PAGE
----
Ex Corde Ecclesiae identified four characteristics of an authentically Catholic university: (1) it must be of Christian inspiration, (2) it must continually reflect on the treasury of human knowledge "in the light of the Catholic faith," (3) it must be faithful "to the Christian message as it comes to us through the Church," and (4) it must be institutionally committed "to the service of the people of God and of the human family in their pilgrimage to the transcendent goal which gives meaning to life."  ECE, 13.  To the end of assuring these characteristics, the Apostolic Constitution issued some general norms that were enforceable under canon law.

Since the promulgation of Ex Corde Ecclesiae, the history of relations between the Holy See and the Pontifical Catholic University of Peru has been one of chronic disobedience by the governing authorities of that educational institution.  Its governing bodies have been unfaithful to the original foundation and to the vision of the donors, and they have steered that institution to one that actively works against, and not in service to, the faith and morals of the Catholic Church.

Under current statutes of the university, the local Archbishop of Lima, Juan Luis Cipriani Thorne, is the Grand Chancellor of the institution.  When he tried to exercise his authority over the institution, he was sharply rebuffed, necessitating the involvement of the Roman Curia.

Over the last decades, the university's governing bodies have been equally deaf to the overtures of the Roman curia.  Most recently, the university's governing assembly refused to recognize the warnings sent from the Vatican's Congregation for Catholic Education.  In 2011, the Congregation sent a letter to Rector Marcial Rubio outlining the various ways that the university's statutes had to be changed to conform to the Apostolic Constitution Ex Corde Ecclesiae.  The internal governing body of the university, the University Assembly, refused to conform to the requests. 

The Secretary of State for the Vatican then became involved.  Despite an apostolic visit and audit handled by Peter Cardinal Erdö on behalf of the Vatican Secretary of State, and despite numerous efforts to reach an amicable agreement, no reconciliation seemed possible.  A final deadline for the university to conform itself to the requirements of canon law passed on April 8, 2012.  Subsequent warnings went unheeded by the university.

Instead--based upon a false understanding of academic freedom--the Peruvian university showed its intent to act against the mission of the Church and to guide "its institutional initiatives according to criteria that are incompatible with the discipline and morals of the Church," said the decree issued by Cardinal Bertone.

So, after a series of decades-long efforts on the part of Church authorities--rebuffed each time by the university officials--the Church had no choice but to issue its sanctions.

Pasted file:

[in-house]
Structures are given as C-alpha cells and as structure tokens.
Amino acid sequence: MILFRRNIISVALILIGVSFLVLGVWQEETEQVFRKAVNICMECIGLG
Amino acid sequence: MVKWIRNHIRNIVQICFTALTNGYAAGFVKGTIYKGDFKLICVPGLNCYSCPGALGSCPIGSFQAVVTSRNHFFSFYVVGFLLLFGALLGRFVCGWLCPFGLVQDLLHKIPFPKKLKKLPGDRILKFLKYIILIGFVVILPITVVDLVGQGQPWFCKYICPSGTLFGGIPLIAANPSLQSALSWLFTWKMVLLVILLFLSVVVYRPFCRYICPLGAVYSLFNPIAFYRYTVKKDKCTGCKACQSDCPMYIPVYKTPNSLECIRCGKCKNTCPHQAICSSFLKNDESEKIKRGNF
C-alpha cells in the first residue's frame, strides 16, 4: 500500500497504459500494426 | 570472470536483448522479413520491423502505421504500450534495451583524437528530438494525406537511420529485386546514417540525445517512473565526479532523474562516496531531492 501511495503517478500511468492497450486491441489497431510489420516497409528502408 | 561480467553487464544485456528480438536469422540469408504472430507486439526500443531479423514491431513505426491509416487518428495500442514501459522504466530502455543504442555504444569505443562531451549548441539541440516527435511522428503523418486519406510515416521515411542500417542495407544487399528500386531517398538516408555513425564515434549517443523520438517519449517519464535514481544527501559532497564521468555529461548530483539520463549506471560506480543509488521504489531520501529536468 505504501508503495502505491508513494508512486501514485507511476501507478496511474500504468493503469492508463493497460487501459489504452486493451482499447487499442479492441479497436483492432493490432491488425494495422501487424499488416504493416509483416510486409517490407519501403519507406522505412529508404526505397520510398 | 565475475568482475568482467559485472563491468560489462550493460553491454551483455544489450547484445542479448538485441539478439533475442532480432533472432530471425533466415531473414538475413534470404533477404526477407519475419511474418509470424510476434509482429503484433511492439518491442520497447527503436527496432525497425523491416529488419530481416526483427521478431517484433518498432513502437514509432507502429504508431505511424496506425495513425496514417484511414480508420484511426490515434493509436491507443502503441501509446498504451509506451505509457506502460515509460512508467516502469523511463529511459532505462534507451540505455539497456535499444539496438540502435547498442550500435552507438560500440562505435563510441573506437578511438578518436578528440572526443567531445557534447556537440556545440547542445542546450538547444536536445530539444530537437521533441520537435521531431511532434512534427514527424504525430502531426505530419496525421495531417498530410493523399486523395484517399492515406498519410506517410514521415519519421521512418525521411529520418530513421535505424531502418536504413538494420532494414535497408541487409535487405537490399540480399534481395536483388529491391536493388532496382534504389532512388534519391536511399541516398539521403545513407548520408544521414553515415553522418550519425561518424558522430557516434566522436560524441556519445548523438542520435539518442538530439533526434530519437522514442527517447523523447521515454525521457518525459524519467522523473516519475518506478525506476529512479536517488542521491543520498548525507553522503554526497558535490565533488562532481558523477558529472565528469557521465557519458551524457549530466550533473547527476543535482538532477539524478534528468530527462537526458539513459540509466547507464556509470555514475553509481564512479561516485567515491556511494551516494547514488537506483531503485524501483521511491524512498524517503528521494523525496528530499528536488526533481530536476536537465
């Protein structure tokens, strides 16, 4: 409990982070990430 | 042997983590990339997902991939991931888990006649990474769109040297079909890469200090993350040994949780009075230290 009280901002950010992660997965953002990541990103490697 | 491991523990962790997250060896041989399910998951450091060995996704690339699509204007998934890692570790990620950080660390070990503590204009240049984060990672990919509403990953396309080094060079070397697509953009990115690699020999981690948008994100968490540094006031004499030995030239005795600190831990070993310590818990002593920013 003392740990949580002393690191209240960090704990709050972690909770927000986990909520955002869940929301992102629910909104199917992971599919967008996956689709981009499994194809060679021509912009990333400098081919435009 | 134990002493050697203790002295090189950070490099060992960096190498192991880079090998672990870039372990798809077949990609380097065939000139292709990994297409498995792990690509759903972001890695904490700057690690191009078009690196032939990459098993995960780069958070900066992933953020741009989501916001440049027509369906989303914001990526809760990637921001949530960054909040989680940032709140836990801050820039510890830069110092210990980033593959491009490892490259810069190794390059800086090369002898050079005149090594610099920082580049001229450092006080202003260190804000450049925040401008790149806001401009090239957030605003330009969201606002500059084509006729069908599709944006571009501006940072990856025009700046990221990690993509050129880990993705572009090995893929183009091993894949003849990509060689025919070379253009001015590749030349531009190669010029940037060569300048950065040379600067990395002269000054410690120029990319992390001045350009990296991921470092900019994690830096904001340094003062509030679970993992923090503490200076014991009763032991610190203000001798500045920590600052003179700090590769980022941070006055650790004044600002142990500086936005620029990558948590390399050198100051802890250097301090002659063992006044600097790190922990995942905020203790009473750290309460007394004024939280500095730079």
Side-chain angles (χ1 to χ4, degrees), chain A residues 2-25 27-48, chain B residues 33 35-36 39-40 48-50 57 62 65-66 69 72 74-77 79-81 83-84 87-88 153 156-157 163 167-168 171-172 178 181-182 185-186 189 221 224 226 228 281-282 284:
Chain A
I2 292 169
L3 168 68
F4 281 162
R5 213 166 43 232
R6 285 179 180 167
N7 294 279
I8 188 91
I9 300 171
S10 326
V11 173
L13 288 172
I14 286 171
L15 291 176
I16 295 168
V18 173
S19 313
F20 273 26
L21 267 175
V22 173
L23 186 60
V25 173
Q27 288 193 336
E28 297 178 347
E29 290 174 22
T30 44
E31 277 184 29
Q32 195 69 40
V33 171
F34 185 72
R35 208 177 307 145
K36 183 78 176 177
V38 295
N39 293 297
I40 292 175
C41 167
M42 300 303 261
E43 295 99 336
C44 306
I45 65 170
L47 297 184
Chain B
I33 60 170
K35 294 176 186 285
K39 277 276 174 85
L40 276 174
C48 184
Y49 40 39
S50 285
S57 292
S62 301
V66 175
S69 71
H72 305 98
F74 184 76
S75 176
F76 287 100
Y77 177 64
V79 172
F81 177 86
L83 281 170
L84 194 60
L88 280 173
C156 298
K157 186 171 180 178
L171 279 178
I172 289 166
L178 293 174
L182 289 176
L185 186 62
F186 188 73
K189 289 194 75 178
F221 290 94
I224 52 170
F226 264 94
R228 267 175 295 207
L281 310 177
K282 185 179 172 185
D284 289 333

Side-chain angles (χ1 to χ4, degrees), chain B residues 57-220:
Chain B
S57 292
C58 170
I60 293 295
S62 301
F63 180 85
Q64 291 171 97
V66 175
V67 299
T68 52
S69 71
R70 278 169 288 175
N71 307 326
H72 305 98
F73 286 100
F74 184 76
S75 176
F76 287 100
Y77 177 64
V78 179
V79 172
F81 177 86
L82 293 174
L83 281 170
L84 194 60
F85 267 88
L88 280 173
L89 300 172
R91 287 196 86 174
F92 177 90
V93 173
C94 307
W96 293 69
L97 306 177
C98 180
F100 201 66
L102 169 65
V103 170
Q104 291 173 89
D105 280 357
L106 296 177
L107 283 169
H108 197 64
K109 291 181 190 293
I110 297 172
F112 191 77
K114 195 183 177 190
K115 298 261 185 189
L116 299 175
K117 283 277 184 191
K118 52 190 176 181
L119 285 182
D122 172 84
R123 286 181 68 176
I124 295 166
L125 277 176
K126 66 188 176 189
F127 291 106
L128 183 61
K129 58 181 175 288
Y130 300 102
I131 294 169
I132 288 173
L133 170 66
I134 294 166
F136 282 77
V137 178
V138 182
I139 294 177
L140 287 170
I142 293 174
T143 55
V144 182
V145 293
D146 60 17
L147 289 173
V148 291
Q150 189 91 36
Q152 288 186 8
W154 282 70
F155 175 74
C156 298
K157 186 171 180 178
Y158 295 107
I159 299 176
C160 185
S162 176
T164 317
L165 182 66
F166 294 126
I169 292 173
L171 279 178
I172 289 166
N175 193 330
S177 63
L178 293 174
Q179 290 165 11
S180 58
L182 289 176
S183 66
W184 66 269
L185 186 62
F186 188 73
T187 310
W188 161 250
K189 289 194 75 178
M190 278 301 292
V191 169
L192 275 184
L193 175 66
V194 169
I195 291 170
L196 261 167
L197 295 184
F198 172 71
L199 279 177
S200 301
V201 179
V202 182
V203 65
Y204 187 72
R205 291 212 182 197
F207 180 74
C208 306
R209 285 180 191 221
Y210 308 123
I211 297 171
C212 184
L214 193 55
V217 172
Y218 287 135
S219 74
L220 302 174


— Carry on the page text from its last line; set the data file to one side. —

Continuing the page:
So ends the history of the Pontifical Catholic University of Peru.  Not with a bang, but a whimper.

While the institution cannot use the titles Pontifical or Catholic, the Secretary of State insisted that the Church still retained jurisdiction over the structure and institution itself.  We hope that there may still be the possibility of reconciliation.

It would behoove the university officials to read the opening chapter of Thomas a Kempis's Imitation of Christ which begins with reference to the same chapter in the Gospel of John referred to in the university's motto:

"'He who follows Me, walks not in darkness,' says the Lord (John 8:12).  By these words of Christ we are advised to imitate His life and habits, if we wish to be truly enlightened and free from all blindness of heart.  Let our chief effort, therefore, be to study the life of Jesus Christ."

"The teaching of Christ is more excellent than all the advice of the saints, and he who has His spirit will find in it a hidden manna.  Now, there are many who hear the Gospel often but care little for it because they have not the spirit of Christ.  Yet whoever wishes to understand fully the words of Christ must try to pattern his whole life on that of Christ."

"What good does it do to speak learnedly about the Trinity if, lacking humility, you displease the Trinity?  Indeed it is not learning that makes a man holy and just, but a virtuous life makes him pleasing to God.  I would rather feel compunction than know how to define it.  For what would it profit us to know the whole Bible by heart and the principles of all the philosophers if we live without grace and the love of God?  Vanity of vanities and all is vanity, except to love God and serve Him alone."


Andrew M. Greenwell is an attorney licensed to practice law in Texas, practicing in Corpus Christi, Texas.  He is married with three children.  He maintains a blog entirely devoted to the natural law called Lex Christianorum.  You can contact Andrew at